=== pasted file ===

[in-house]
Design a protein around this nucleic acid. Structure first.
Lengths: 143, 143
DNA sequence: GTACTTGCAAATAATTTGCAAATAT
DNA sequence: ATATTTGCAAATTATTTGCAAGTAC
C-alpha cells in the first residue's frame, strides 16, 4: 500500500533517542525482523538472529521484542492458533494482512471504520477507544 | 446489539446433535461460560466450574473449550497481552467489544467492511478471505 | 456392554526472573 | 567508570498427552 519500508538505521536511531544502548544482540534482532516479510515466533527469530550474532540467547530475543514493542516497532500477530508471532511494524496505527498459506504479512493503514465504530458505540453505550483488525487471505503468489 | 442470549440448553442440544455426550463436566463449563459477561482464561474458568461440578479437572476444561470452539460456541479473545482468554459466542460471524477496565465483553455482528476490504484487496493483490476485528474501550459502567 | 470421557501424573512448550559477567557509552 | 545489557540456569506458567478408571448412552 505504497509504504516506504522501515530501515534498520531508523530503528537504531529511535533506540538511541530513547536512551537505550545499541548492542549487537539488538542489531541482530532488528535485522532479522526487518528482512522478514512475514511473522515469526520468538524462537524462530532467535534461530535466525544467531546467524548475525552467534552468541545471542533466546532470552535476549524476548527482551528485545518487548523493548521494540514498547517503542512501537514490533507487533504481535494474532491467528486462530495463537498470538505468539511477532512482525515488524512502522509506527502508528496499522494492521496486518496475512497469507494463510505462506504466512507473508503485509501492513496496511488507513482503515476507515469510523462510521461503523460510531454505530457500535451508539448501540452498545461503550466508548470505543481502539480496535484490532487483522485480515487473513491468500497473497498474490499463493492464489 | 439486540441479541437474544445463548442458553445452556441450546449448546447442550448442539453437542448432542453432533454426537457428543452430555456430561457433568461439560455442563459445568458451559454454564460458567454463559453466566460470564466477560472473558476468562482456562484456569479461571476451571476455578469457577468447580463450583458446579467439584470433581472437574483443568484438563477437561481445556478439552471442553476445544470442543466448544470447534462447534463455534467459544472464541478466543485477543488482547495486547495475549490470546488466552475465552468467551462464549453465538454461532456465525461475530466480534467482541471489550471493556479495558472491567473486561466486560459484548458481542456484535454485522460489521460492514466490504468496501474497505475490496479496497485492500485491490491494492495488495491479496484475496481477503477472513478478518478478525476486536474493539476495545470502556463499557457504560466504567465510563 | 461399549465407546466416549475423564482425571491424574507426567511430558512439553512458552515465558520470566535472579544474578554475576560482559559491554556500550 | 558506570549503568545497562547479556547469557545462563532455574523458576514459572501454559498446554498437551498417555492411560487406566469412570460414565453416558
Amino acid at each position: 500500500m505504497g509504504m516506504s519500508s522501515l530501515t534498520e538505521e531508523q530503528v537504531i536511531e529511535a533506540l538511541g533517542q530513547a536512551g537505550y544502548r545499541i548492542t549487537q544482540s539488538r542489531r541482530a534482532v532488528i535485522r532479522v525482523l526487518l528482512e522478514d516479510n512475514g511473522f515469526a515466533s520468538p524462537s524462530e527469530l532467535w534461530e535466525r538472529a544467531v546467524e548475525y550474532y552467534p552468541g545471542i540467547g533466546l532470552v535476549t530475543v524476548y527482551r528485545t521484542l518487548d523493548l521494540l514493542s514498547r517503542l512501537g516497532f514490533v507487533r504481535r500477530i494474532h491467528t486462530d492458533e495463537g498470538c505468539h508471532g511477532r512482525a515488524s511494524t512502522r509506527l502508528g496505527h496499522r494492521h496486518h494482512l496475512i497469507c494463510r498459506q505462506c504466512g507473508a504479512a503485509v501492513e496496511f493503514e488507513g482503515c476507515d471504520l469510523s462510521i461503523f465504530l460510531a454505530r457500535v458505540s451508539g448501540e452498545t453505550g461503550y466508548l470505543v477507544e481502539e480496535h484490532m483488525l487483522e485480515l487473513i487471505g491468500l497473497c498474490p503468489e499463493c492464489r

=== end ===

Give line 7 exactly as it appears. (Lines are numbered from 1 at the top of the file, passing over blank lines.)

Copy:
Amino acid at each position: 500500500m505504497g509504504m516506504s519500508s522501515l530501515t534498520e538505521e531508523q530503528v537504531i536511531e529511535a533506540l538511541g533517542q530513547a536512551g537505550y544502548r545499541i548492542t549487537q544482540s539488538r542489531r541482530a534482532v532488528i535485522r532479522v525482523l526487518l528482512e522478514d516479510n512475514g511473522f515469526a515466533s520468538p524462537s524462530e527469530l532467535w534461530e535466525r538472529a544467531v546467524e548475525y550474532y552467534p552468541g545471542i540467547g533466546l532470552v535476549t530475543v524476548y527482551r528485545t521484542l518487548d523493548l521494540l514493542s514498547r517503542l512501537g516497532f514490533v507487533r504481535r500477530i494474532h491467528t486462530d492458533e495463537g498470538c505468539h508471532g511477532r512482525a515488524s511494524t512502522r509506527l502508528g496505527h496499522r494492521h496486518h494482512l496475512i497469507c494463510r498459506q505462506c504466512g507473508a504479512a503485509v501492513e496496511f493503514e488507513g482503515c476507515d471504520l469510523s462510521i461503523f465504530l460510531a454505530r457500535v458505540s451508539g448501540e452498545t453505550g461503550y466508548l470505543v477507544e481502539e480496535h484490532m483488525l487483522e485480515l487473513i487471505g491468500l497473497c498474490p503468489e499463493c492464489r